It turned out to be a chore day for us on Friday as we ventured downtown to refill our phone for a month ($10), refill our 2 bus passes for about 2 months ($20) and drop into the CB Carolina Bookstore for another ten books ($40).
"Remember when just filling up the phone card seemed to take us the whole morning?" Shelley asked Brian.
"That's because we didn't know what to ask for, didn't know where to go, didn't know how to ask for it and generally didn't know anything." he replied.
Brian had spent some time that same morning phoning around trying to find someone who would go to the symphony with him that evening. It took 3 calls (the other 2 were already busy) to find someone happy to accompany him to the Cuenca Symphony Orchestra's musical dramatization "Mozart Comes to Visit". When Brian returned home from his evening out he reported that he had run into several of our friends. The concert was geared towards children and families and they had a character dressed up as Mozart who was instructing the conductor of the orchestra how his music should be played. There was a lot of audience participation and as usual the Cuenca symphony was first class. On leaving the concert, Brian accompanied a friend to the main square which was teeming with people celebrating Corpus Christi replete with fireworks, pastry & candy booths and thousands of people. It was a real family occasion with lots of little kids and everybody socializing and generally having a wonderful time.
Another one of those things we don't notice so much any more are the store mannequins. When we first got here it was hard not notice that Cuenca had imported all the mannequins from our childhood and then saved them. This blog displays only some of these vintage mannequins around town.
A walk around the neighbourhood sufficed for our morning outing on Saturday as we were meeting some friends at the California Kitchen for dinner. The California Kitchen is Cuenca's newest eatery, started up by U.S. ExPats in the spirit of an old-fashioned classic dinner. Great hamburgers! Brian had a Yosemite Steak Sandwich and cheesecake that he declared to be among the best he's ever eaten. It's neat to see this restaurant being successful and as usual we had a very pleasant visit with our friends (who highly recommend the berry cobbler).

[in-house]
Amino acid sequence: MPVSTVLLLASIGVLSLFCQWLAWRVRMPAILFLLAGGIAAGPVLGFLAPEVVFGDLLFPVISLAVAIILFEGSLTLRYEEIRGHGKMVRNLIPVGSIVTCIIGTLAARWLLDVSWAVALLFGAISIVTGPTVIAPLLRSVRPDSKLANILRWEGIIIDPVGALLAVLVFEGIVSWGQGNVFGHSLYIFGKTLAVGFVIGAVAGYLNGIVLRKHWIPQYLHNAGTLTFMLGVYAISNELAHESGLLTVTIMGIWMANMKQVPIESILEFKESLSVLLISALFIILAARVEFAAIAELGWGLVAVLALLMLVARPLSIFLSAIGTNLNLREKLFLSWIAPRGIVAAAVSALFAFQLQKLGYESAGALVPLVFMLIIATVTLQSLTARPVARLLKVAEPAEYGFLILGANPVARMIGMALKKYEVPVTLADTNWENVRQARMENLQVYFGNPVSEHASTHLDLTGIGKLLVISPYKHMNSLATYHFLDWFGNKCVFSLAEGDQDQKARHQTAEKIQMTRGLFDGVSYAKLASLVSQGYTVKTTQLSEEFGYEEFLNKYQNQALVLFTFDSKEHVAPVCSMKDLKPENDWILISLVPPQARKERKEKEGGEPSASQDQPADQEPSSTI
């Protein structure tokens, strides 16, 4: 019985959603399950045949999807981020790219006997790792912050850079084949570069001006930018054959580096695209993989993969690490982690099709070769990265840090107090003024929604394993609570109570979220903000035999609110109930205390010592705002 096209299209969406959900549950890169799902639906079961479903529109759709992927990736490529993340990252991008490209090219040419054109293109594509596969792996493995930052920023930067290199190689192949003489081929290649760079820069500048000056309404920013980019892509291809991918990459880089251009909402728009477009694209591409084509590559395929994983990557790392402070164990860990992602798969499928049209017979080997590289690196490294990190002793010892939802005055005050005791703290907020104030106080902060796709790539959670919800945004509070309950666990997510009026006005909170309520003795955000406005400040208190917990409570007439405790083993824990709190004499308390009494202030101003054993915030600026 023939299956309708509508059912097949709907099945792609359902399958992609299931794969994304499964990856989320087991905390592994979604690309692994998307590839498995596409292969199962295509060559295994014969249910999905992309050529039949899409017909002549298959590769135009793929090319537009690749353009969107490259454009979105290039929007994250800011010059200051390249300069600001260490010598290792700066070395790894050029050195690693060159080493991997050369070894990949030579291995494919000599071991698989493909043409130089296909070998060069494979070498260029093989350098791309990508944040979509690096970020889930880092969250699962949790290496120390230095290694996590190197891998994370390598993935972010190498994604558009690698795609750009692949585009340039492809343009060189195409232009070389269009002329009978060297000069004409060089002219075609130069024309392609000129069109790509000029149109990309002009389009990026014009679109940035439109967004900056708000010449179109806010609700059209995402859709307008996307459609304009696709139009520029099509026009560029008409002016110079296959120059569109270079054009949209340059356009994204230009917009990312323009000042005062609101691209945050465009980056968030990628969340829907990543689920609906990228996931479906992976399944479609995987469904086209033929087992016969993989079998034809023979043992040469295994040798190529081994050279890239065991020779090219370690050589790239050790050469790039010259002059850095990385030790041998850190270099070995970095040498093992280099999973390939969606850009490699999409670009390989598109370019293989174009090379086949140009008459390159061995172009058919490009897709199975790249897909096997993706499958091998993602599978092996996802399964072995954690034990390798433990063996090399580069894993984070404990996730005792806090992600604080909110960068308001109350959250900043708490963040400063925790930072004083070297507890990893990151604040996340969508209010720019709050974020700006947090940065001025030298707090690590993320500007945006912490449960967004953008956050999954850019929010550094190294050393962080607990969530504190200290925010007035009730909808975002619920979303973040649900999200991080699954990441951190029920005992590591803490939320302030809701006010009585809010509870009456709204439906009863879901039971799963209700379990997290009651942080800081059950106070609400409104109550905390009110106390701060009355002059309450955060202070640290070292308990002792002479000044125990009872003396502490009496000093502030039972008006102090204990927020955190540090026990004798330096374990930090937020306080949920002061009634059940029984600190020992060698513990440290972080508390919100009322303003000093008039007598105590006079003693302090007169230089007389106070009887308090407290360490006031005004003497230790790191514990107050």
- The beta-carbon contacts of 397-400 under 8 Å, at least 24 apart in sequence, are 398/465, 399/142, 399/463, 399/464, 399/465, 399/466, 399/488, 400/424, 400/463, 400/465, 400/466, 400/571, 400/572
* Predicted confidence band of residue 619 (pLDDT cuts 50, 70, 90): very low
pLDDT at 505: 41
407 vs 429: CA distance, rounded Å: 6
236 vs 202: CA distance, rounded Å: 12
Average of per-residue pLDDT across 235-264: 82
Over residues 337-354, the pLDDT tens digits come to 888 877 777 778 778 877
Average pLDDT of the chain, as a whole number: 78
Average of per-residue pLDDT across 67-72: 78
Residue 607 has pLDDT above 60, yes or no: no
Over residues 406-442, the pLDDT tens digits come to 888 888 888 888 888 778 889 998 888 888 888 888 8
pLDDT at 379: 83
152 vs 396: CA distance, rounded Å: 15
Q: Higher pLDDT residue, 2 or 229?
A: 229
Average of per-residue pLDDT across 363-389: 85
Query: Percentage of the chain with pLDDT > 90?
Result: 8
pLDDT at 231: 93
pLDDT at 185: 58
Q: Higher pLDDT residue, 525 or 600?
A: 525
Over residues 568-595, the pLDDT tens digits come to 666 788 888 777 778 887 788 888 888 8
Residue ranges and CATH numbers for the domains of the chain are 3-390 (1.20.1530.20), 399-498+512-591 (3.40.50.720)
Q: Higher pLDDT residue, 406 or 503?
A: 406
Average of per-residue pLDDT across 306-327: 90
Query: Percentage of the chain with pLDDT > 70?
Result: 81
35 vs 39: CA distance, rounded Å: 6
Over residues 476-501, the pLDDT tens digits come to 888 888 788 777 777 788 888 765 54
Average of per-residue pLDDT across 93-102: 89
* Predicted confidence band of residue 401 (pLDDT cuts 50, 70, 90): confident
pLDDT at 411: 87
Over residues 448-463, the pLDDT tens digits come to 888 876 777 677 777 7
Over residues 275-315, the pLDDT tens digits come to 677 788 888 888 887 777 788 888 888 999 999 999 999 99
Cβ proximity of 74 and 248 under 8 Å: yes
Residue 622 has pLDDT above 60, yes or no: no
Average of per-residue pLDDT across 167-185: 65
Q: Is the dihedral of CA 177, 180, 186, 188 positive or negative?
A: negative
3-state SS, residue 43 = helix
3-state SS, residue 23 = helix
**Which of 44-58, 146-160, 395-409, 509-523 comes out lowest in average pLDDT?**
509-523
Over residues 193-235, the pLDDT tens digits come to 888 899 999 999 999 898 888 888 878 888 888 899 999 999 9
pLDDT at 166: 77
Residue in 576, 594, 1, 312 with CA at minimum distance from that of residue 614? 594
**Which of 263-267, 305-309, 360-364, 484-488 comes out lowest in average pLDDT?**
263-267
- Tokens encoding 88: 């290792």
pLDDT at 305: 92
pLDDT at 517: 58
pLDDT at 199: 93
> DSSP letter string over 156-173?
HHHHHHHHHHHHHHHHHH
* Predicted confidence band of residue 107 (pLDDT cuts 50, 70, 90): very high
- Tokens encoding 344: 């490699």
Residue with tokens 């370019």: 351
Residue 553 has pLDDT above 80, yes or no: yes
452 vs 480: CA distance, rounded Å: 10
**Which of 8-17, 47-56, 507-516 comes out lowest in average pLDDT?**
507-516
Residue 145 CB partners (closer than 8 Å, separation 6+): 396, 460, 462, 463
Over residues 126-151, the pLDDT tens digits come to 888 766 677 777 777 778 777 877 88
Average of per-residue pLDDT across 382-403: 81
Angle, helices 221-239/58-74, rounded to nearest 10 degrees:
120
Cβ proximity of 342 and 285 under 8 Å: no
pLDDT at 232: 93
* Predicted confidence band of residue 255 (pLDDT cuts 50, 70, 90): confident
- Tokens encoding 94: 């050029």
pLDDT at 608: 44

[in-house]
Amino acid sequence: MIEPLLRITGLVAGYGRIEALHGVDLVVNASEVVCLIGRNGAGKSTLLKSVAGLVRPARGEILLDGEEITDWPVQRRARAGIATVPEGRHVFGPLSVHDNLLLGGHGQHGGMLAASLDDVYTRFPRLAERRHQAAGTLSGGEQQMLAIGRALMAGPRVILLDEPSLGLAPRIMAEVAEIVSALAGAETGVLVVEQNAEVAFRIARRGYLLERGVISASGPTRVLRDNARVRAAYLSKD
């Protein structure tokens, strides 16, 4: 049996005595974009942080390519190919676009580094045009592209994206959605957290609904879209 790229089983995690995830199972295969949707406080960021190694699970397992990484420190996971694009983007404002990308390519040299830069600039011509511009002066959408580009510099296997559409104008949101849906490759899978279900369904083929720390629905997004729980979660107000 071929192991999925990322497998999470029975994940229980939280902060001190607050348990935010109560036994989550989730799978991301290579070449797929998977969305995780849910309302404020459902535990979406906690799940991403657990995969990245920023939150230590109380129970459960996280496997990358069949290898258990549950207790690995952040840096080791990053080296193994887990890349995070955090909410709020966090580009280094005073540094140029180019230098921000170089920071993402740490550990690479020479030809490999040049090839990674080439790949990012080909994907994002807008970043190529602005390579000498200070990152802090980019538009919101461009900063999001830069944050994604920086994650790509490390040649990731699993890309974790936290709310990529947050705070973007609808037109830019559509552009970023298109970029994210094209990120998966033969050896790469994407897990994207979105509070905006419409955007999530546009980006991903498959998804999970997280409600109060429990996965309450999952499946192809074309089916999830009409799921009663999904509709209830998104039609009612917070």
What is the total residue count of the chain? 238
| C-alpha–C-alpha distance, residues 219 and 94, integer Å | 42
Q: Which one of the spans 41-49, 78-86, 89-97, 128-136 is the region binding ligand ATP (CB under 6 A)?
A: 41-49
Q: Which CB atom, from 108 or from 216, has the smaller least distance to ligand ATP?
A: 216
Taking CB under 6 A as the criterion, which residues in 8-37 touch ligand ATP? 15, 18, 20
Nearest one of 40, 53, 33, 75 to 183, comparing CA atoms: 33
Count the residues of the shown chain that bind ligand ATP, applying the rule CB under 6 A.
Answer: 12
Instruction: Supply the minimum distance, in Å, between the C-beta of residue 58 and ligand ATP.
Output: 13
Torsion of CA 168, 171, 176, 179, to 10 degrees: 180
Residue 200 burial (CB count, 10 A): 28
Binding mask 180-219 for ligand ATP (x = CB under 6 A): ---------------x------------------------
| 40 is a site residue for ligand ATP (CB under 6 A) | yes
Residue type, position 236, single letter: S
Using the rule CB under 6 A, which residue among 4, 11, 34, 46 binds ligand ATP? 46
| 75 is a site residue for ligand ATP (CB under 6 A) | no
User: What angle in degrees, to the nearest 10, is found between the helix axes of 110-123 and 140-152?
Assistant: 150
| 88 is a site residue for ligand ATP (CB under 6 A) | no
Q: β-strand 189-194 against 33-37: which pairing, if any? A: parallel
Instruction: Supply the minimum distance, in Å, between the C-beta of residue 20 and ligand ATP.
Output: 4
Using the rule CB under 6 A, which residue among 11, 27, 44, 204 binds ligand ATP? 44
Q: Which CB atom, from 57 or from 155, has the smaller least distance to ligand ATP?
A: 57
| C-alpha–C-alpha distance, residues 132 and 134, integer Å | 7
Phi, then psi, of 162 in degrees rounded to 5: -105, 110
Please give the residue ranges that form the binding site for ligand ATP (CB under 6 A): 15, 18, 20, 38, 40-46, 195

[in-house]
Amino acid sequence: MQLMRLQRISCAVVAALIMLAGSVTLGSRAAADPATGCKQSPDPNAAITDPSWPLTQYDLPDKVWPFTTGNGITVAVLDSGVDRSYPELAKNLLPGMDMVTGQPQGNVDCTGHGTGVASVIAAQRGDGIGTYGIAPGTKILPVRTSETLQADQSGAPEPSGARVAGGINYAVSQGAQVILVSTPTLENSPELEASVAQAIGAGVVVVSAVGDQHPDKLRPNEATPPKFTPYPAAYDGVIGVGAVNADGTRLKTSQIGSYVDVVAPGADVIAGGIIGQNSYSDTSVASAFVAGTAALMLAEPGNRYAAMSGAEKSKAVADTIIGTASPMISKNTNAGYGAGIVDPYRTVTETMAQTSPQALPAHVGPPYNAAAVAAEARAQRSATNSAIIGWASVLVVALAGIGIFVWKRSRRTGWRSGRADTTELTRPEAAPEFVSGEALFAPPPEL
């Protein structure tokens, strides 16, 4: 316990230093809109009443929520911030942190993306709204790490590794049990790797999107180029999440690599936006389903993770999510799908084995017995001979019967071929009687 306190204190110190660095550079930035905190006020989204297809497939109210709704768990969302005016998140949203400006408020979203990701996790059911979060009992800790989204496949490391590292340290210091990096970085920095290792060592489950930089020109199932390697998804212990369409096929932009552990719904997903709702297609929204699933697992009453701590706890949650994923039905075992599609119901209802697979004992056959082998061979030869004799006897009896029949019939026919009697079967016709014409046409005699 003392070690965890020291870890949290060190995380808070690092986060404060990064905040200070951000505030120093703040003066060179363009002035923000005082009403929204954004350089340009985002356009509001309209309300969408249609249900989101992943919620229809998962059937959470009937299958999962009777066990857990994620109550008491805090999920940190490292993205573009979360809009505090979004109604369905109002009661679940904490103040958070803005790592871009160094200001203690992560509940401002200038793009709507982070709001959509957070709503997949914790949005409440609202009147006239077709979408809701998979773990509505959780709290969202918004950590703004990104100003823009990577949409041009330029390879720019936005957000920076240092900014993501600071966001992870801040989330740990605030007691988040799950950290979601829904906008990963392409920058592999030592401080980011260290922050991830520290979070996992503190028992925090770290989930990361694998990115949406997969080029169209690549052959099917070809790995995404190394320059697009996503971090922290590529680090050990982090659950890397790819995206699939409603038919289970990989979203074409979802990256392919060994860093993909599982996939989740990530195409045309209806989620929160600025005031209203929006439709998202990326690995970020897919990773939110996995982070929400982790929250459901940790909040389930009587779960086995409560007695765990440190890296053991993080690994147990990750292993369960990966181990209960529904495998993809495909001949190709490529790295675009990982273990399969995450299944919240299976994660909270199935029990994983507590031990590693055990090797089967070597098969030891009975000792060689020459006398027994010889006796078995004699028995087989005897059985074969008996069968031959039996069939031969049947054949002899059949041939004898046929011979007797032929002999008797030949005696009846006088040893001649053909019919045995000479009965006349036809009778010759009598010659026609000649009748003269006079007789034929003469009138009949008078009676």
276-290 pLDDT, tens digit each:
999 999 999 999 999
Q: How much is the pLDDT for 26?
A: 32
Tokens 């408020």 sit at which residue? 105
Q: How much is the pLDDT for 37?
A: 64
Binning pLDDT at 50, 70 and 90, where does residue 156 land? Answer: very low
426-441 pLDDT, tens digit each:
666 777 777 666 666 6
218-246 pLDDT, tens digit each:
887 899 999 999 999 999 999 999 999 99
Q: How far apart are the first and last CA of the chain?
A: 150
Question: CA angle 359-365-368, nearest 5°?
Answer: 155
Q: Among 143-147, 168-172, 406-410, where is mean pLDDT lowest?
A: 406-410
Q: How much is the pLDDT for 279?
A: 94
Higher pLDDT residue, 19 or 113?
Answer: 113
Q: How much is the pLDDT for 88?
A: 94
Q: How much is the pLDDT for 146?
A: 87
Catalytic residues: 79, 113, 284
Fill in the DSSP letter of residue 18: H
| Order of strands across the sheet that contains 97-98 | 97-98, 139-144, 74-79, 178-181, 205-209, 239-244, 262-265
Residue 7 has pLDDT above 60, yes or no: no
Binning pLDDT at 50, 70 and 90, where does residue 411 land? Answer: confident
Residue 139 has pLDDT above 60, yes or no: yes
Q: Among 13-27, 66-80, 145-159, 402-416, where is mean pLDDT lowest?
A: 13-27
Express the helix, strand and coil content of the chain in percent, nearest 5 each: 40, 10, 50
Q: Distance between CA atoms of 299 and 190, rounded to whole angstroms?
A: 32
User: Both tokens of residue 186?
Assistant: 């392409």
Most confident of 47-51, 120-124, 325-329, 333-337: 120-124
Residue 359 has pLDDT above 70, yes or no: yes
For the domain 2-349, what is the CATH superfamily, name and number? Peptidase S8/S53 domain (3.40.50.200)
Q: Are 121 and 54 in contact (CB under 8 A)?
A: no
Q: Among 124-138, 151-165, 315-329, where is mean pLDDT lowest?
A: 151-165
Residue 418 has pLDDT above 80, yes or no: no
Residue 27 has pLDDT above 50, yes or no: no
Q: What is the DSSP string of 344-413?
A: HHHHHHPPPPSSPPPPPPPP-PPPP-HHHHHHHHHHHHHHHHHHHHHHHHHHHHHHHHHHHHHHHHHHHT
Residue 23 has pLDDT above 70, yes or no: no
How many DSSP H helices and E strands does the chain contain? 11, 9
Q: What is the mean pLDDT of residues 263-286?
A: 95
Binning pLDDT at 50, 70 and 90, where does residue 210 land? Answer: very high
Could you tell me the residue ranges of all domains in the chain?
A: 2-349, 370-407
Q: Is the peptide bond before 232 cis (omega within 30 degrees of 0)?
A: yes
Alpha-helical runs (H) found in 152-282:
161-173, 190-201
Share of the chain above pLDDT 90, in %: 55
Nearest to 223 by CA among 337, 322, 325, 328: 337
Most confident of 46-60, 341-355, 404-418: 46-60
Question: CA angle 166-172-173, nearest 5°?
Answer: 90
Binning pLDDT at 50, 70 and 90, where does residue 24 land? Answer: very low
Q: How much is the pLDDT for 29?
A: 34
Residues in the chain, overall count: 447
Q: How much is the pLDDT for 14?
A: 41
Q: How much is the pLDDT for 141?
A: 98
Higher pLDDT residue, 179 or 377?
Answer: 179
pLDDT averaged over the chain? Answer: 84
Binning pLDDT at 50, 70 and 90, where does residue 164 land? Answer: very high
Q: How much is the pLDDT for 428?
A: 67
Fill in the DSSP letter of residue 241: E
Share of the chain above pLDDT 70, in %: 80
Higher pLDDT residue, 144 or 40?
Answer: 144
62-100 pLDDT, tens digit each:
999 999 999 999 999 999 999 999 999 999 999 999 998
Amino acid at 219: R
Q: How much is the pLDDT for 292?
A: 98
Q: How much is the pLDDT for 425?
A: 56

Down at the park on Sunday we ran into several people we know and ended up showing the roast pig place to some newcomers to Cuenca. Monday we went shopping and Shelley made chili (chili powder courtesy of a friend who brought some from Canada). Shelley's chili recipe is to dump cans of whatever she can find in the cupboard (beans, tomatoes, tomato sauce, corn, green beans, mushrooms, potatoes, etc) together with pre-cooked ground burger (and/or chicken) and chili powder (to taste) into a slow cooker and cook until the room smells good. It always seems to work.
In Canada people will often grow Norfolk pine trees indoors. In Parque Calderon in Cuenca there are Norfolk pine trees that are over 70 feet tall. It's hard to equate those huge pine trees, as big as a Douglas Fir, to the somewhat bigger than bonsai ones grown inside our homes in Canada. A few months ago Shelley spotted a 3 foot Norfolk pine at a nursery and wanted to get it to grow indoors. Brian, doubting Shelley's wisdom, asked the fellow at the nursery if it was possible to grow these magnificent trees inside. The fellow was aghast! Shelley stomped off, disappointed Brian would doubt her knowledge and we ended up not buying the tree. A few weeks later, we happened upon a poor, deformed, Norfolk seedling at one of the flower markets for $1. Shelley bought the defective plant and took it into her home and nurtured it and made it welcome. We're now happy to report it is doing just fine indoors, has grown to be about 2 feet tall these days, has worked past it's bent deformity and is now growing a straight strong trunk. In Canada, we had a Douglas Fir, grown from a seedling, in a pot on the back of the boat, outside. Shelley called it Fred. Fred Fir. We had to leave Fred behind when we came to Ecuador and now this lovely survivor Norfolk pine has taken its place. What should be call it; perhaps Norbert? Norman?
If Fredi could say "yippee", she would have so exclaimed, because on Tuesday we went off to her mostest favoritest place in the world ~ Parque Paraiso. We've been planning on going several times and always the day dawned to rain and we were put off. This time, as we were waiting for the #14 bus, we conjectured we might just end up going for a bus ride only because of the threatening rain, but as it happened things worked out. If we go on a week day the park isn't too crowded and Fredi can roar around, off the leash, to her heart's content. All we need to do is remember to bring Puppy Treats so we can entice her back right away if need be. We did our usual turn around the park, past the playground equipment, past the island and the geese in the pond, past the occasional lovers, up onto the bridge system over the marshy area, alongside the river and then back in the the main park, crossing to the football field and past the concessions. Fredi would madly dash off to see a butterfly, joggers in the park, little children with their parents, flowers on the bushes or just out of pure exuberance to be off the leash and free, free, free.